There was a time I used to brag that I could get a Van De Graaff generator running in a rainstorm. This was a bit of hyperbole, of course but I do have to say that I got pretty good at operating a Van De Graaff generator (VDGG from hereout) when I worked for a science museum. However, my experience was not typical for Van De Graaff users – more often that not, most VDGG’s are rolled to out to be used for one day in the Physics class. They are operated in 2-4 classes during that day and then rolled back into storage. My high school physics teacher, not the most comic of science teachers, consdiered the use of the VDGG and raising up a student’s hair to be ‘obligatory’ for the class.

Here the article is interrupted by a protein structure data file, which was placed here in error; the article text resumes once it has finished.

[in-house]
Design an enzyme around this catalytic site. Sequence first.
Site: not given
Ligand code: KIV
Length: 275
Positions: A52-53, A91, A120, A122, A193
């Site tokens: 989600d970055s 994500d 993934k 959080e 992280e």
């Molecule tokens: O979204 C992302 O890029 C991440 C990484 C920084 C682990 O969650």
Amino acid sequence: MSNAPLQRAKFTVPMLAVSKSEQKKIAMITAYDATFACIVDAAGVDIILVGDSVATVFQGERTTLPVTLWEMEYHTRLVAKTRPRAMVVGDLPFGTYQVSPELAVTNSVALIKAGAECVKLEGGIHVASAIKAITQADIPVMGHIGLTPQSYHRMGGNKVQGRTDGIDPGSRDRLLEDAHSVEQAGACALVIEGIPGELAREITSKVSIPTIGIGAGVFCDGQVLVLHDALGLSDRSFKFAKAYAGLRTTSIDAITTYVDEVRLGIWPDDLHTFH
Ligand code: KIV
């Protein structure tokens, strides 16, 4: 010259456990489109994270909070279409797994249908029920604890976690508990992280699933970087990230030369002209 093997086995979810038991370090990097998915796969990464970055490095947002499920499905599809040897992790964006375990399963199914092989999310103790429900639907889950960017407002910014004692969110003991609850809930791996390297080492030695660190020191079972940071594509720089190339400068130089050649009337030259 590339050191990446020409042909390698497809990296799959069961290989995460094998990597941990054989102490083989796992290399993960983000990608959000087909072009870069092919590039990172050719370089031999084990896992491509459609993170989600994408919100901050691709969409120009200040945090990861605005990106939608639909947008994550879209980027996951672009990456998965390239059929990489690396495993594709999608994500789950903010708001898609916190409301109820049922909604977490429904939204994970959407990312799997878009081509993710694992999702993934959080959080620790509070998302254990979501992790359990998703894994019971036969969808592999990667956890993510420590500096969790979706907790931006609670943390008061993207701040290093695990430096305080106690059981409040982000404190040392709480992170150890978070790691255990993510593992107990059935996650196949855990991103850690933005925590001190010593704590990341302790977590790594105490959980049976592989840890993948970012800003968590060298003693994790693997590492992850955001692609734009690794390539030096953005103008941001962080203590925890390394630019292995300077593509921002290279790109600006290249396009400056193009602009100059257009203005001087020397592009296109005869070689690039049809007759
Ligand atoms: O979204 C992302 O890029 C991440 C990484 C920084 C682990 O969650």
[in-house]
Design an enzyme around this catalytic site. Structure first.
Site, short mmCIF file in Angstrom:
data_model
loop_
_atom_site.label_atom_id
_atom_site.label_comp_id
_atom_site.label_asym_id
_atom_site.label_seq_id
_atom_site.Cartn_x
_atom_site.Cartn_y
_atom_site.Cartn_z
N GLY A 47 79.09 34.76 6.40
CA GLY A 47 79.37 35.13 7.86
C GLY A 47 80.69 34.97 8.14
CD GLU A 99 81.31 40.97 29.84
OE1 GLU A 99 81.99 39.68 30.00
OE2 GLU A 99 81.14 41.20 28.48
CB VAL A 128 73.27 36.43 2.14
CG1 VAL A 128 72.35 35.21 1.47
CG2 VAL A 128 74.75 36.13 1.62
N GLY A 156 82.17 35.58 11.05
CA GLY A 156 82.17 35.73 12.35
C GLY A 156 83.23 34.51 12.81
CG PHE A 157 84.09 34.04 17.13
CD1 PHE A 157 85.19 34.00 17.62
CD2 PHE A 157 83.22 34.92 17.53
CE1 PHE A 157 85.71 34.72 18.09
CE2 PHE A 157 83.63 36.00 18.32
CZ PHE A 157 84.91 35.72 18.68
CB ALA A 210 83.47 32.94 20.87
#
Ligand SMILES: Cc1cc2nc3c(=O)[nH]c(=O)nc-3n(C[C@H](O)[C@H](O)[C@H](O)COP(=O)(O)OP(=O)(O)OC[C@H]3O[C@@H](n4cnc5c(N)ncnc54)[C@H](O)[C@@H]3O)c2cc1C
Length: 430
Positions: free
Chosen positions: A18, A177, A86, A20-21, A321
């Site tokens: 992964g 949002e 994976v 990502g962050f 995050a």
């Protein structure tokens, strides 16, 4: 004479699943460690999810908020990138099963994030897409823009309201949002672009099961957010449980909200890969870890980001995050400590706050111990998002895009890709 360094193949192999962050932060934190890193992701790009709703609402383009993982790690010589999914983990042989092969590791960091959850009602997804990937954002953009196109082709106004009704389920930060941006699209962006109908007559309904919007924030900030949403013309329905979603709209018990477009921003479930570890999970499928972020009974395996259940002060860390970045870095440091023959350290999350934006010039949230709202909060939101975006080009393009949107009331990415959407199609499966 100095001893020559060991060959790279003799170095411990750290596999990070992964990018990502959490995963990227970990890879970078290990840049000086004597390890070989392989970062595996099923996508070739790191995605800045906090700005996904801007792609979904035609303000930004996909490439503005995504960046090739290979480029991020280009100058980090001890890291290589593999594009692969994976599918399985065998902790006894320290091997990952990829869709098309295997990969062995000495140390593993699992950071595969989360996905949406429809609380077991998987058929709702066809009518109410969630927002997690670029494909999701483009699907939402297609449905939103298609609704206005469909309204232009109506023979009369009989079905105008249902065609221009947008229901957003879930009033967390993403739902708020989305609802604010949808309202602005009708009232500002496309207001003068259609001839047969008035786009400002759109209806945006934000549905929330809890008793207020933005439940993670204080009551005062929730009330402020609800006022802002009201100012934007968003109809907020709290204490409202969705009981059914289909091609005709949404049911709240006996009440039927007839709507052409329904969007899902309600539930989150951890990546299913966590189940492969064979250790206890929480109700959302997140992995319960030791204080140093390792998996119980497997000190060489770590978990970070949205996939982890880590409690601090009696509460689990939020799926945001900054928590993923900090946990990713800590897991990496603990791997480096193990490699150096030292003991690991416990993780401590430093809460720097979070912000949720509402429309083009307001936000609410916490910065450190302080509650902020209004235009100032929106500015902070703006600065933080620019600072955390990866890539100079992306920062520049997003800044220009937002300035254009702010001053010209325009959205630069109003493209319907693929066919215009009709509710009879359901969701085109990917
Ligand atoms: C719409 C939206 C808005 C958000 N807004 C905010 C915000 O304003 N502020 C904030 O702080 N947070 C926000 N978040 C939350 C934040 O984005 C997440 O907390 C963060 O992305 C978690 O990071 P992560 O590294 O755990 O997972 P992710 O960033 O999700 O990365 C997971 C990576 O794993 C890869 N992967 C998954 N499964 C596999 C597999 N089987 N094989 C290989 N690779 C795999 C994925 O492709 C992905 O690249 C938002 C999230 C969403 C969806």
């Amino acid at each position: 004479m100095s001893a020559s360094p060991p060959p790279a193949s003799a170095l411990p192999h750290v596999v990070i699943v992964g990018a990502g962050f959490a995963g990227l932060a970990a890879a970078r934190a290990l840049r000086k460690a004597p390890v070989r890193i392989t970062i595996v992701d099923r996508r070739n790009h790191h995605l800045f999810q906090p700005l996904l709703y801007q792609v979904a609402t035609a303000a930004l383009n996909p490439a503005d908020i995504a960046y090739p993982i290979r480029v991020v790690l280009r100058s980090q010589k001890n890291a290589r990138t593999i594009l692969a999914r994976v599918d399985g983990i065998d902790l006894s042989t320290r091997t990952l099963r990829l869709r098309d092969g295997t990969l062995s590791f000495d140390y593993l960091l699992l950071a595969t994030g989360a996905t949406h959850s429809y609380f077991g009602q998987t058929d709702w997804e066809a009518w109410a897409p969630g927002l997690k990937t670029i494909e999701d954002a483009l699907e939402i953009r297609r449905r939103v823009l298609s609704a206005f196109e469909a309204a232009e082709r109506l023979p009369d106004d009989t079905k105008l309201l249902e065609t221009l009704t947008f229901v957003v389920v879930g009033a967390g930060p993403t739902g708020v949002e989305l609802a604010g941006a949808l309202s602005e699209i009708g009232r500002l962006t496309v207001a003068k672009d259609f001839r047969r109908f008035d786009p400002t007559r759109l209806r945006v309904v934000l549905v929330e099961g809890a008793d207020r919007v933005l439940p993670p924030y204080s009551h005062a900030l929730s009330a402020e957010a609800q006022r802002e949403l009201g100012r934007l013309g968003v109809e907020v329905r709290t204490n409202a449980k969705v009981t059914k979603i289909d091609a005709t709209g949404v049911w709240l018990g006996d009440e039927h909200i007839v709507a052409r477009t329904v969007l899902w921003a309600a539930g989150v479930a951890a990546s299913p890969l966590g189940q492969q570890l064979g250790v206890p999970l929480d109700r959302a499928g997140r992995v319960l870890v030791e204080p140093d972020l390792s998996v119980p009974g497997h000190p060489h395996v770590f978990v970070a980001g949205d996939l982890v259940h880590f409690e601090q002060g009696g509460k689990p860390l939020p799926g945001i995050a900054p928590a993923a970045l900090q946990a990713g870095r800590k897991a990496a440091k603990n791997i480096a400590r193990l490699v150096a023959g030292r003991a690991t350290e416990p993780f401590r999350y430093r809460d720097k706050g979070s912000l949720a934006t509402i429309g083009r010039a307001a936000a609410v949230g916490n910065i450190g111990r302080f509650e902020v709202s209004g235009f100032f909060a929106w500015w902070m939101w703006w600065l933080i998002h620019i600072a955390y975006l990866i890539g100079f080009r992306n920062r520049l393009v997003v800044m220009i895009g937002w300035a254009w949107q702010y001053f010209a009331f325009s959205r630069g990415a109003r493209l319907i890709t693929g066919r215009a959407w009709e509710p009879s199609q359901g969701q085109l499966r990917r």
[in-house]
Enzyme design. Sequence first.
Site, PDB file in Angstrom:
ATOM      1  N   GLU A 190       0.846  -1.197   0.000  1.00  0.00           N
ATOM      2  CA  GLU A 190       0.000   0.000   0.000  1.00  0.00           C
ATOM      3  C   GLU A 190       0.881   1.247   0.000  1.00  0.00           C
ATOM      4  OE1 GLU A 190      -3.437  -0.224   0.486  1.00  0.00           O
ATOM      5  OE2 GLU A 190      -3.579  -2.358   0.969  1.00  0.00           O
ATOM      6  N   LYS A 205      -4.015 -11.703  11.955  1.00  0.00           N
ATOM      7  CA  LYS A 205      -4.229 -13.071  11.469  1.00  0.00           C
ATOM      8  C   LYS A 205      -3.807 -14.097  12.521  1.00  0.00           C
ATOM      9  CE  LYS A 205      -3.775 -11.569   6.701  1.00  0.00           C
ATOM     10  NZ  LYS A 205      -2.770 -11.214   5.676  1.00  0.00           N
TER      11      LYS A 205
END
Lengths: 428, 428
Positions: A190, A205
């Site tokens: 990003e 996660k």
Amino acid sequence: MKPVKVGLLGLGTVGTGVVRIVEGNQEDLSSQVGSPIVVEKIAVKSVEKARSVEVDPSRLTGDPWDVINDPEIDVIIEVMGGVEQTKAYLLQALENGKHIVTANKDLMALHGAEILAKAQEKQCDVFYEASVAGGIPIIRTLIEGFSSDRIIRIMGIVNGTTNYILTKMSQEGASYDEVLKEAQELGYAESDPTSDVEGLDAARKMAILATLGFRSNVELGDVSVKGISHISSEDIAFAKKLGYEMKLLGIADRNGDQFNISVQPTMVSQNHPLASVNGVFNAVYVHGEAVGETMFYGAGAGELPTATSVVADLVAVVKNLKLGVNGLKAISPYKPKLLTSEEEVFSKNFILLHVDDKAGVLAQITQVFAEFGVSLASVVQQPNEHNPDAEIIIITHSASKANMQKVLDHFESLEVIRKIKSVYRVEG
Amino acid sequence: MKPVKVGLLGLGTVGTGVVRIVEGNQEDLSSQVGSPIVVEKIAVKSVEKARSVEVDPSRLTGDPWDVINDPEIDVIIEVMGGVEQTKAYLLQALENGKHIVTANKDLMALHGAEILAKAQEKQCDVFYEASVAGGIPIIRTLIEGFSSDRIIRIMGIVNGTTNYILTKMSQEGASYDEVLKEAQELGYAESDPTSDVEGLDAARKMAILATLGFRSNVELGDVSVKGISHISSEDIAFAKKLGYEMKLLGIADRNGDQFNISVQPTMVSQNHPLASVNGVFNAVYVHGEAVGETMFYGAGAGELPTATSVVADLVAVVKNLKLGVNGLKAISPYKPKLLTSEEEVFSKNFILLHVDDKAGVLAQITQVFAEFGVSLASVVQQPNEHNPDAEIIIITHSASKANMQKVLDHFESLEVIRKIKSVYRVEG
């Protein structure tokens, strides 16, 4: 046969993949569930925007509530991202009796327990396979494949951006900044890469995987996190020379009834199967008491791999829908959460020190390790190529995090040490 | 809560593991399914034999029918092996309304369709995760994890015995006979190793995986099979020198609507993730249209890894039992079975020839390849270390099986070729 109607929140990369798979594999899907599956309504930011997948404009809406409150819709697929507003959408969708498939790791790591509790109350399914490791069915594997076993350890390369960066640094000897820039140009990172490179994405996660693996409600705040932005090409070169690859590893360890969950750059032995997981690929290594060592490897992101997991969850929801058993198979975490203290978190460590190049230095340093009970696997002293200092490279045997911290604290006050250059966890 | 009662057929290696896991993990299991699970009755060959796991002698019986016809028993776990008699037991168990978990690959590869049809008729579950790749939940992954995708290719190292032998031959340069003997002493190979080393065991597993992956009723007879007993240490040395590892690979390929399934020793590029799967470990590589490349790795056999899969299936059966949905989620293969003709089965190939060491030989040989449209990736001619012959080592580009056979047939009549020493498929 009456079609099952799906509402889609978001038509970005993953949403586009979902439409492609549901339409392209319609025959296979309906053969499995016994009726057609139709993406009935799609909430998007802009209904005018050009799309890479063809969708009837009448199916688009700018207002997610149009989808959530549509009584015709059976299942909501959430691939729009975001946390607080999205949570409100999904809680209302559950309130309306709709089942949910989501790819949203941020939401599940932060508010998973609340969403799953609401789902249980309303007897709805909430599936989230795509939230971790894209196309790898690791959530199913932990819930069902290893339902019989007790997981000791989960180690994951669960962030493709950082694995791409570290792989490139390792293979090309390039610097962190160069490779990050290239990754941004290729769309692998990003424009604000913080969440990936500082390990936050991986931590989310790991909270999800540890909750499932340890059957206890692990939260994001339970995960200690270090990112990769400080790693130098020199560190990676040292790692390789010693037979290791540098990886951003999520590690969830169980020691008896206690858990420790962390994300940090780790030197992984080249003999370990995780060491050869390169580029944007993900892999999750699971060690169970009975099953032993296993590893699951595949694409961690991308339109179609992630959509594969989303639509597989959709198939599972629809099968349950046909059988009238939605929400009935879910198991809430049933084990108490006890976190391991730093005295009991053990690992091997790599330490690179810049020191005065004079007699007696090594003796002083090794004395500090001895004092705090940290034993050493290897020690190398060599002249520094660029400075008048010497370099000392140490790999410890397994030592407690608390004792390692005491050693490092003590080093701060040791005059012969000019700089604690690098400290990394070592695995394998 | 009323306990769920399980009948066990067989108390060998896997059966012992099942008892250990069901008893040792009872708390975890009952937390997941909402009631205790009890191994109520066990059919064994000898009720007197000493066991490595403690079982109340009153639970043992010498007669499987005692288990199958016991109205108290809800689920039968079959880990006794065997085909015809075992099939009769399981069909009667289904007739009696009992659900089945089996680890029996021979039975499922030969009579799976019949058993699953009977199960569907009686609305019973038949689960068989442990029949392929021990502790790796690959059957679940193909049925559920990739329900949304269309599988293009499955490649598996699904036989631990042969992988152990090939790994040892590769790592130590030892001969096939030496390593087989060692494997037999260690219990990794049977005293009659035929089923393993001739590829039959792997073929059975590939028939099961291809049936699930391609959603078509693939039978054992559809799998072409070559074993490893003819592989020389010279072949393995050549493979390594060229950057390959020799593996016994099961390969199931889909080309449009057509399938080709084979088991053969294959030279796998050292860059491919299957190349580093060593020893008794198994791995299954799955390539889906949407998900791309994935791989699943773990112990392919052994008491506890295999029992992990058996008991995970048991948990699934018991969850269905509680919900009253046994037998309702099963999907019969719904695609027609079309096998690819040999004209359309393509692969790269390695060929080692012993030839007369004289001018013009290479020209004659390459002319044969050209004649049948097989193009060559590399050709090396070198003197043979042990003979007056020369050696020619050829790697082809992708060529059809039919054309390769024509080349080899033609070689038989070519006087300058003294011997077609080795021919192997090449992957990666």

This limited usage, however, may mean that many teachers don’t really get an idea of what can go wrong with their machinery. Especially when the VDGG is being used by a middle school or elementary school teacher who may not have the experience needed to run the VDGG proeprly.
The following is a list of things that can go wrong, how to diagnose them, and how to fix them. It is by no means comprehesive but should get you the opportunity to operate your VDGG successfully.